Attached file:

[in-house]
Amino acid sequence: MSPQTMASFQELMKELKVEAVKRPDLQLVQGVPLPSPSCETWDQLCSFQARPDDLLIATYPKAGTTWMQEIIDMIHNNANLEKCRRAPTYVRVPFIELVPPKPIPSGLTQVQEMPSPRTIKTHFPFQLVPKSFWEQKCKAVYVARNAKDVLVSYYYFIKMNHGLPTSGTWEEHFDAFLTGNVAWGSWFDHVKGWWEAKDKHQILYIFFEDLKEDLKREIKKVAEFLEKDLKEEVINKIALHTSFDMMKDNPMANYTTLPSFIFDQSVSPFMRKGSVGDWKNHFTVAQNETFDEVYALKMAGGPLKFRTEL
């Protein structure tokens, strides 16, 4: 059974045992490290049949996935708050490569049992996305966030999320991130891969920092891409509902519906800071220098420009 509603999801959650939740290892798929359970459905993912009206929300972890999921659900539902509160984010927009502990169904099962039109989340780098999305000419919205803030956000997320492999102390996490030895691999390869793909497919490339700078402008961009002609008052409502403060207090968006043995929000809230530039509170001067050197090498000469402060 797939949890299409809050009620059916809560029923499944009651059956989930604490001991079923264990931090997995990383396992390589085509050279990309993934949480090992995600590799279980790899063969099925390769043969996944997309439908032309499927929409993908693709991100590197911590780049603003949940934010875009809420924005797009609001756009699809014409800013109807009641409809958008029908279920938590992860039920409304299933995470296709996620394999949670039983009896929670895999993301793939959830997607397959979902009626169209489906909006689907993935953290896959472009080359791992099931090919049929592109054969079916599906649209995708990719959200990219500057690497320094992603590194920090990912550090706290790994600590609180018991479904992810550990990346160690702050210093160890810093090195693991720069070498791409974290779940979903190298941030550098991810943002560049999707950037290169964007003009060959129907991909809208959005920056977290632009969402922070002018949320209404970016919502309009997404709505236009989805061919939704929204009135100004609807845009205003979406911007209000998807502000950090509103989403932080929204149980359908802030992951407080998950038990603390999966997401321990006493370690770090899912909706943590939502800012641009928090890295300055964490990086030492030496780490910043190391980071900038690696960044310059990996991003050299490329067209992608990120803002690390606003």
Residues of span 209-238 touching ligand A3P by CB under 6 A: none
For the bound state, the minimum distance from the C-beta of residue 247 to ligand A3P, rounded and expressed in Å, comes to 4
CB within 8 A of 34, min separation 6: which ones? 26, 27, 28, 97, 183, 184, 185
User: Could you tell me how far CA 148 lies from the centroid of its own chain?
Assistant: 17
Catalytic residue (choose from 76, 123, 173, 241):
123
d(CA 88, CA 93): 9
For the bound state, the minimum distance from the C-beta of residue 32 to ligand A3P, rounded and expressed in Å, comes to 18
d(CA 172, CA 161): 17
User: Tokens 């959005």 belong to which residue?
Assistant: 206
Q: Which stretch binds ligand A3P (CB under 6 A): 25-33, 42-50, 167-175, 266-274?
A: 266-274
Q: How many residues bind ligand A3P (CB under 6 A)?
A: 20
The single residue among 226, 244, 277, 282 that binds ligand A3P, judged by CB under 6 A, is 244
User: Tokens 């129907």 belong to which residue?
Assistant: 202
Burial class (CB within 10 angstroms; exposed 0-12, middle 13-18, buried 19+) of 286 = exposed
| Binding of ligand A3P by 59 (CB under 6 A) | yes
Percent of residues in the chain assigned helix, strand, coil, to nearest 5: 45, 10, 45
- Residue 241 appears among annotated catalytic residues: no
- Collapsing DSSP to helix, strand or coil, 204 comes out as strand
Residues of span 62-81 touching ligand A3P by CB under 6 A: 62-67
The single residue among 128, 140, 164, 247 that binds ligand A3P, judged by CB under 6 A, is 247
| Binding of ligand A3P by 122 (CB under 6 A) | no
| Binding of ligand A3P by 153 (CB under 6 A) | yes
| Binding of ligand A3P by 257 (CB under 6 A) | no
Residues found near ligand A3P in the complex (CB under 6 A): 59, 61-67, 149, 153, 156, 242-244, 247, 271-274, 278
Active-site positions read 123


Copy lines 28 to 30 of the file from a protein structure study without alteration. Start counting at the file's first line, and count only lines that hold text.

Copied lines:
Residues of span 62-81 touching ligand A3P by CB under 6 A: 62-67
The single residue among 128, 140, 164, 247 that binds ligand A3P, judged by CB under 6 A, is 247
| Binding of ligand A3P by 122 (CB under 6 A) | no